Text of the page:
“The “Cut, Cap, and Balance Act” that the House of Representatives will vote on next week stands out as one of the most ideologically extreme pieces of major budget legislation to come before Congress in years, if not decades.” [Center on Budget and Policy Priorities, 07/16/11]
Today, Republicans are wasting time on their “Cut, Cap and End Medicare” bill, bringing it to the House Floor for a symbolic vote, despite the fact that it is expected to fail in the Senate and the President will veto it. While Democrats are calling on Republicans to act quickly to enact a large agreement to reduce the deficit and ensure America pays its bills, Republicans are pressing forward with an extreme proposal that increases our chances of default and is the Republican budget all over again: it ends Medicare and drastically cuts Medicaid, while preserving tax breaks for the wealthy.
Democrats believe we must reduce the deficit and give certainty to businesses and the markets but the “Cut, Cap and End Medicare” bill does not reduce the deficit in a balanced way and moves us closer to default. The bill:
- Requires the same immediate and steep spending cuts included in the Republican budget that would harm economic growth and cost jobs,
- Caps total spending at levels that have historically rarely been achieved,
- And increases the chances of U.S. defaulting on its obligations by requiring a “balanced budget amendment” to pass the House and Senate and be sent to the states for ratification before raising the debt ceiling.
The “Cut, Cap and End Medicare” bill is not a serious plan to address the deficit and ensure America pays its bills and is nothing more than political theatre. By bringing this symbolic vote to the Floor today, Republicans are wasting time we don’t have.
Already, all three major credit rating agencies have warned of a credit rating downgrade if we fail to pay our nation’s bills by August 2nd:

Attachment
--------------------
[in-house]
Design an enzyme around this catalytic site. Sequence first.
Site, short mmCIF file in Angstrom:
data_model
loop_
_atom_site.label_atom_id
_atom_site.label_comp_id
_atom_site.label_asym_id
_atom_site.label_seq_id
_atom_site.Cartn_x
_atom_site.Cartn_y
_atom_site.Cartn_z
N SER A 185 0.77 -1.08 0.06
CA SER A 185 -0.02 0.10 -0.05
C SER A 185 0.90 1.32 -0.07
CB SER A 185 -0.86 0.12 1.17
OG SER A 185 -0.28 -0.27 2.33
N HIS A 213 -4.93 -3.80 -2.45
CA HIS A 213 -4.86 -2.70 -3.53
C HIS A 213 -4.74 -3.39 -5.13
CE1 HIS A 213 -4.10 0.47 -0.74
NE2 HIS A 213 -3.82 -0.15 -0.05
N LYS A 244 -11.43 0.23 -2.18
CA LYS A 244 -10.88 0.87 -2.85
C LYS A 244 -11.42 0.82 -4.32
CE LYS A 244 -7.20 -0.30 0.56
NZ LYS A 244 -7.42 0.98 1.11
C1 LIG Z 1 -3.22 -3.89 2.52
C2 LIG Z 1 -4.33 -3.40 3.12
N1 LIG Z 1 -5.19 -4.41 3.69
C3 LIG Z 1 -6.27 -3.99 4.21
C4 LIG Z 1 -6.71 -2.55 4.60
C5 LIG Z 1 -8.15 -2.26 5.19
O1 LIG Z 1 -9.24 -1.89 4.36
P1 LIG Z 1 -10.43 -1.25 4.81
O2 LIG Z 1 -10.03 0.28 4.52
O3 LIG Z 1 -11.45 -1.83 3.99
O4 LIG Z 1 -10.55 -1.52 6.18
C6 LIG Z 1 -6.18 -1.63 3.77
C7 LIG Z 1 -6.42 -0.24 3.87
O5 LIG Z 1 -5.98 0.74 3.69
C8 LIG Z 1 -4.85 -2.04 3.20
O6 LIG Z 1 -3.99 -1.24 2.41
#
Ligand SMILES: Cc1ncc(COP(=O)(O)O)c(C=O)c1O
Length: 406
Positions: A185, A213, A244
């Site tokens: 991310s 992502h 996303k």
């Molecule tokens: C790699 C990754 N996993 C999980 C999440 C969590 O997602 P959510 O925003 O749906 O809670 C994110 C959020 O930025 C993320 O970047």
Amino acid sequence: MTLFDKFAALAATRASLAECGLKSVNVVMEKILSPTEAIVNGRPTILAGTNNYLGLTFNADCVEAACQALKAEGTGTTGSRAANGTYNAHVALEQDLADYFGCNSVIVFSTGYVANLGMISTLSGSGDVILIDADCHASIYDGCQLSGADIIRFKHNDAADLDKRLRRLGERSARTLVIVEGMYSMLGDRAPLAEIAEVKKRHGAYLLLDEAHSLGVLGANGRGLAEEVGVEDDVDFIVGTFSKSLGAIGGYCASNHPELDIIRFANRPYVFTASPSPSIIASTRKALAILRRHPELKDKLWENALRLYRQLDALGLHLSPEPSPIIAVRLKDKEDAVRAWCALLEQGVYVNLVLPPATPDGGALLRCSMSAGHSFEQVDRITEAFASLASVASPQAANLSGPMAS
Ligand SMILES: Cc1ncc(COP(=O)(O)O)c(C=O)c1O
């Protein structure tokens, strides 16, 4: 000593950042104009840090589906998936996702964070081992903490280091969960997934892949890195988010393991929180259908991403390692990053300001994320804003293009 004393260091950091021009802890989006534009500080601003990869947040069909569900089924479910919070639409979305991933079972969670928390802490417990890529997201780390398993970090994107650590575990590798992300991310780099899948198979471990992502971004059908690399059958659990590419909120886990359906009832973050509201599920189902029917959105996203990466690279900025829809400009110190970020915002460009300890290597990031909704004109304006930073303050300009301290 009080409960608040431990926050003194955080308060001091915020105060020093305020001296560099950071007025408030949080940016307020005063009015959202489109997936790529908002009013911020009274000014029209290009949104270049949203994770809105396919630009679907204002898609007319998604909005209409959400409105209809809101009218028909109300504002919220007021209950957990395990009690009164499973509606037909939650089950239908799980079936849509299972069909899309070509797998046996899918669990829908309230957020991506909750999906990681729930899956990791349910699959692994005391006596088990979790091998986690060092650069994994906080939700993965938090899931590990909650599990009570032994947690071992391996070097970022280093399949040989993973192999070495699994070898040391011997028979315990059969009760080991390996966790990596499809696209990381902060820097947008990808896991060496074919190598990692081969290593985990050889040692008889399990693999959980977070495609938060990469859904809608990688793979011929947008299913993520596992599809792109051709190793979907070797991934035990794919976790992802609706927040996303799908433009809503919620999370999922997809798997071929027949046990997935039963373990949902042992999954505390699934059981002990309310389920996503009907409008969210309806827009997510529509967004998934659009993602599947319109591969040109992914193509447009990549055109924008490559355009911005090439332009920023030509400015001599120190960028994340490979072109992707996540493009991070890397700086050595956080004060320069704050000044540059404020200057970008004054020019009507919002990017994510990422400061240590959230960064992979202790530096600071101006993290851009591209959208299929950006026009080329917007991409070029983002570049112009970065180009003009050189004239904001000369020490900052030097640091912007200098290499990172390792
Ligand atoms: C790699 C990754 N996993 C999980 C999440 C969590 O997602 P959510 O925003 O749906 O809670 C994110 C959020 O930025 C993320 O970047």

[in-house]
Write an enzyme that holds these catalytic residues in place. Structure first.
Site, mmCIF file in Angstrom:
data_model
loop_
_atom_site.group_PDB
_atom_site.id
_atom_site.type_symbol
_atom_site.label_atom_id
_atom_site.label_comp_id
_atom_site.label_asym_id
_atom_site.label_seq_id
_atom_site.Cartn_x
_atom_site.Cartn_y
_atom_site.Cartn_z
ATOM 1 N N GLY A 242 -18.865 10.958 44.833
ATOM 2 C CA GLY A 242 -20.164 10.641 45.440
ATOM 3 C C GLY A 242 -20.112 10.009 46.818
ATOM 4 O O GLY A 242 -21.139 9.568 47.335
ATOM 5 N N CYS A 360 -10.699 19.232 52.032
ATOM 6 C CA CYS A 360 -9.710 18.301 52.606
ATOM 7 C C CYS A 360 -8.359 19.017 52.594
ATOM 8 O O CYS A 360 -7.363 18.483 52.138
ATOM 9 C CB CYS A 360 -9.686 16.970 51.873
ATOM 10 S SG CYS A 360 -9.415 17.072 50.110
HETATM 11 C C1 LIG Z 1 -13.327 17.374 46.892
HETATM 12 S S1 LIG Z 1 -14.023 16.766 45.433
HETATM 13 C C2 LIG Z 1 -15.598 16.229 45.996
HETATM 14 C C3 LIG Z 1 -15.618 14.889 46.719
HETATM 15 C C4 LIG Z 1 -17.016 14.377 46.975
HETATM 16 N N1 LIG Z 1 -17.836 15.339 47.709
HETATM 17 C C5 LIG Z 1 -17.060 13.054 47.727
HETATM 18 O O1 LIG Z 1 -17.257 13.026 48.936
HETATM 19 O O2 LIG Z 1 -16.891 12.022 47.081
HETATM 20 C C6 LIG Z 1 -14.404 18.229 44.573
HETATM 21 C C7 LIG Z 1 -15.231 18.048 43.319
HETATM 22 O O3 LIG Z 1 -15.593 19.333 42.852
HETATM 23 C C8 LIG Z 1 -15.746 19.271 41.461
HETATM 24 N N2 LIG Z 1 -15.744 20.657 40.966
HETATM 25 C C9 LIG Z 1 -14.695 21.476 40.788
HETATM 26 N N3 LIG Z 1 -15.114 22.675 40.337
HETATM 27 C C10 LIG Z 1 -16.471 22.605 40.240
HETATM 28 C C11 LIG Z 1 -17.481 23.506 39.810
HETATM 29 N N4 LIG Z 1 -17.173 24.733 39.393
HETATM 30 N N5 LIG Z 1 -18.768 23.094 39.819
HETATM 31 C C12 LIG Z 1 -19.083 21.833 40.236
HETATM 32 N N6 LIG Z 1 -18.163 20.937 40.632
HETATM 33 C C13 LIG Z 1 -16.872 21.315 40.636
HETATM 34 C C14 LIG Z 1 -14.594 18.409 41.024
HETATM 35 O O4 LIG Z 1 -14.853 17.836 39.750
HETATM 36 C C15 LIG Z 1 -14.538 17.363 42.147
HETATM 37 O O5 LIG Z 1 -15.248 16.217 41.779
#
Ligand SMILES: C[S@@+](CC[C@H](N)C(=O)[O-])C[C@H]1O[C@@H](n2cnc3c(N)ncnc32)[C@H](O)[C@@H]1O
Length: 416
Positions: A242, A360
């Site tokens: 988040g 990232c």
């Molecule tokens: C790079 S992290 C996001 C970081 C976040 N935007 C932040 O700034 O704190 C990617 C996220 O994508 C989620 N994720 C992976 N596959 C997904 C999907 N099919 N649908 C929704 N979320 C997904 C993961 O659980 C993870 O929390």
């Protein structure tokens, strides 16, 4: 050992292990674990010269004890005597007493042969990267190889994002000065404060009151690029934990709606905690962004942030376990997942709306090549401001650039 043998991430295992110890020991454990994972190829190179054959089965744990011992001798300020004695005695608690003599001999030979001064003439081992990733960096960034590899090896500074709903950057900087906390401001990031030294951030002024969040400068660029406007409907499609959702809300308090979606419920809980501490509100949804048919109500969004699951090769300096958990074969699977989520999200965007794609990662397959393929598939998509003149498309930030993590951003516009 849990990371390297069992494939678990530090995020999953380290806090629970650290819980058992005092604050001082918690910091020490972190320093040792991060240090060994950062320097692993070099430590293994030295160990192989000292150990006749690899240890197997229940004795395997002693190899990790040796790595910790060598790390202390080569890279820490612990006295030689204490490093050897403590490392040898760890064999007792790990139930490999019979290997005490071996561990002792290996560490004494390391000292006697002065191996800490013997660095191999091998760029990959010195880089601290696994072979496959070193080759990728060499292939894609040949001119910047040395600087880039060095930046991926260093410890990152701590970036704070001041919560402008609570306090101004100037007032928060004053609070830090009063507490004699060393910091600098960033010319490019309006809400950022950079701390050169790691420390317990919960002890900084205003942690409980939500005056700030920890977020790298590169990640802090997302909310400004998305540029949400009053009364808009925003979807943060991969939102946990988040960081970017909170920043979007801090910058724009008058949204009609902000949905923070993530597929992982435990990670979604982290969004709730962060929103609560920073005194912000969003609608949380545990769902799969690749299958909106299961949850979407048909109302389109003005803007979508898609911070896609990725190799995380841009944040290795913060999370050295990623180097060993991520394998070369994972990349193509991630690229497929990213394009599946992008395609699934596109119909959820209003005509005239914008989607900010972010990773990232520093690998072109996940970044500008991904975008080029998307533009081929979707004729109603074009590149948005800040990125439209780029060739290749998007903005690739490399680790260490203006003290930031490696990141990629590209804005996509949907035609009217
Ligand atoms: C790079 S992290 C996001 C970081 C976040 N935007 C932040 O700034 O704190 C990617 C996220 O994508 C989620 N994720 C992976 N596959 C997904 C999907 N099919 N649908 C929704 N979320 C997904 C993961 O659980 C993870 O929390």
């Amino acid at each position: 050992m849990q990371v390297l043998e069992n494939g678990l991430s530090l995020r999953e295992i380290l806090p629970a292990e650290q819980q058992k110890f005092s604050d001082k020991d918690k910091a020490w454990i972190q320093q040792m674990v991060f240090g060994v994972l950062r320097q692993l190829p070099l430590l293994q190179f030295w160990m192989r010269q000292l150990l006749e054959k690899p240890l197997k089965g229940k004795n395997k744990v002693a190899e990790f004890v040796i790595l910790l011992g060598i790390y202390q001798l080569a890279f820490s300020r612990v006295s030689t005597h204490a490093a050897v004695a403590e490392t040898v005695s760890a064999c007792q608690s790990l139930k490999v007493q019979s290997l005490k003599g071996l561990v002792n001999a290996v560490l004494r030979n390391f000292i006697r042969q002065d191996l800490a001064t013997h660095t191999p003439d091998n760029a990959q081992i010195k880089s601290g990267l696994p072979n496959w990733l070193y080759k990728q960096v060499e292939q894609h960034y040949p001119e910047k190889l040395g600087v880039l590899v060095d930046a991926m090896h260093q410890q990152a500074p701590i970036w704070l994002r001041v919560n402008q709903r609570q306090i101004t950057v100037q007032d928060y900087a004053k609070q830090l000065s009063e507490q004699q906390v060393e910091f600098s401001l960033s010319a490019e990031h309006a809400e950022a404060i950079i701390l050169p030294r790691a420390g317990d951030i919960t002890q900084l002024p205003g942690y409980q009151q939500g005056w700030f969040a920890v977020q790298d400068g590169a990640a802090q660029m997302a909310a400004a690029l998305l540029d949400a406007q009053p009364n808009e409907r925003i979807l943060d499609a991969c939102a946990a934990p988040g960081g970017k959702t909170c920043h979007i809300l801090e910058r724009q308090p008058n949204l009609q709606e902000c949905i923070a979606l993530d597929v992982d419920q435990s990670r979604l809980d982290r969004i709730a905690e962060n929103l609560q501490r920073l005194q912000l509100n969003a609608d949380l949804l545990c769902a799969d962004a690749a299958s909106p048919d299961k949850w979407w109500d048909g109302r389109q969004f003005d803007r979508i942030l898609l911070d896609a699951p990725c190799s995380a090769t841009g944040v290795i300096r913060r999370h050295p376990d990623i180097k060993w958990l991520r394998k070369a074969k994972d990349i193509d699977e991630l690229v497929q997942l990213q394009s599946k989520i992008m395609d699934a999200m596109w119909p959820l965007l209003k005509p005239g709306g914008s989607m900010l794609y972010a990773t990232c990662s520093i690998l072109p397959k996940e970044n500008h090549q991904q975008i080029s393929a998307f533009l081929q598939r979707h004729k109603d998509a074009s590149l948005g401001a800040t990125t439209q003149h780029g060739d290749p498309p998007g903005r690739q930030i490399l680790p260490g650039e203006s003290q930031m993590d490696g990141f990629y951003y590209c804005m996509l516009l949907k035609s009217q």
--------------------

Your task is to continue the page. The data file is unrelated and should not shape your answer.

“Another major bond rating firm on Monday reiterated its threat to downgrade the U.S. government to a B-plus rating if the debt ceiling isn’t raised by August 2 and the government defaults on its debts. The warning from Fitch Ratings comes after Moody’s and S&P warned last week that they would lower the U.S. rating from the top mark of AAA if the country is unable to repay its debts next month.” [Politico, 07/18/11]
And financial experts continue to warn of the dire consequences of default:
“Without a debt limit increase by the Treasury’s Aug. 2 deadline, budget experts say the country’s budget woes could actually get worse by raising borrowing costs. ‘Paradoxically, not raising the debt limit could make the deficit worse,’ said Jerome Powell, a former Treasury official in the George H.W. Bush administration and now a visiting scholar at the Bipartisan Policy Center.” [Roll Call, 07/18/11]
“But financial experts say hitting the debt ceiling or coming really close to it would destabilize the markets and the economy. Just how dire the consequences would be is difficult to predict, but many Americans could feel the impact almost immediately.” [Politico, 07/18/11]
With only two weeks until a potential government default, Democrats are calling on Republicans to abandon their ideological agenda and work with us so that we can enact a large, balanced package to ensure we pay our nation’s bills and reduce the deficit. Rather than risking our economic security and walking away from a real opportunity to reduce the deficit, Republicans need to work with Democrats on a balanced agreement so that we can give businesses and the markets certainty and ensure we do not increase the deficit by failing to pay America’s bills.